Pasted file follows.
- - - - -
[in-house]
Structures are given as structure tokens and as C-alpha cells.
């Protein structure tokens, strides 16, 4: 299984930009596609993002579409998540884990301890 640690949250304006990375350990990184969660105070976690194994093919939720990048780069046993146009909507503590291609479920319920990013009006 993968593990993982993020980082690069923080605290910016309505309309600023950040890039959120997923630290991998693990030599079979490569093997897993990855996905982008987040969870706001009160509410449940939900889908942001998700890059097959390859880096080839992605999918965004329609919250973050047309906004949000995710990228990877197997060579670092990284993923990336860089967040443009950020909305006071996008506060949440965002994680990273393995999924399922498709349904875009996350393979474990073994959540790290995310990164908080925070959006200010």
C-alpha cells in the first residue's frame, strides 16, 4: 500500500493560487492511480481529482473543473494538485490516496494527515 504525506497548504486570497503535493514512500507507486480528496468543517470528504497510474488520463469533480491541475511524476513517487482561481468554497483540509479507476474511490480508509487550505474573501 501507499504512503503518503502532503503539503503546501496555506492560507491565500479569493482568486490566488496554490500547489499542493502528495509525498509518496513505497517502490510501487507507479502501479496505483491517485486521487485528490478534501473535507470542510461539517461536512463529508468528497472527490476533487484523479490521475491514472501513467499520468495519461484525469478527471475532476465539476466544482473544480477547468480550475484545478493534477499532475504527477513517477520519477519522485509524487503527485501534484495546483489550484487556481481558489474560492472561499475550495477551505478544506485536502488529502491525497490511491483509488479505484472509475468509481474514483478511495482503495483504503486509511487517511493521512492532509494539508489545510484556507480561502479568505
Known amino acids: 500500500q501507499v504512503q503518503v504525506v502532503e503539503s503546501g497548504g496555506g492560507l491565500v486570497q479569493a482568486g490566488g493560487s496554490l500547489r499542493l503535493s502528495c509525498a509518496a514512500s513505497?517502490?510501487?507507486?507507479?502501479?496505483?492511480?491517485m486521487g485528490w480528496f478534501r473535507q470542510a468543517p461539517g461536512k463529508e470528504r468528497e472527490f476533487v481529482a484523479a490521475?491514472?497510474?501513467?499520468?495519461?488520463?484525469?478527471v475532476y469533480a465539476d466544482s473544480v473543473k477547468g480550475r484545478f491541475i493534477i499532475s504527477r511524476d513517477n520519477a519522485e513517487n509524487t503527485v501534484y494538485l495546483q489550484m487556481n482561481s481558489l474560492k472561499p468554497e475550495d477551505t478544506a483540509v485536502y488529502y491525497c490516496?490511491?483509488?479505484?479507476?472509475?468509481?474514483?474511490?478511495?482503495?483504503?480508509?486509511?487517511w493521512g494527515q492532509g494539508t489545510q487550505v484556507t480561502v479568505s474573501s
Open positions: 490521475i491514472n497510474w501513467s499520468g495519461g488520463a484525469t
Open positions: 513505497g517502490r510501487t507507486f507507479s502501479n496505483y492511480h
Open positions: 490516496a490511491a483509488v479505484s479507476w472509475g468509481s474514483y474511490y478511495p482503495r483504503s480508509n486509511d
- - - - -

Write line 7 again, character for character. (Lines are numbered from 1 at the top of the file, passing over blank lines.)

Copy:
Open positions: 513505497g517502490r510501487t507507486f507507479s502501479n496505483y492511480h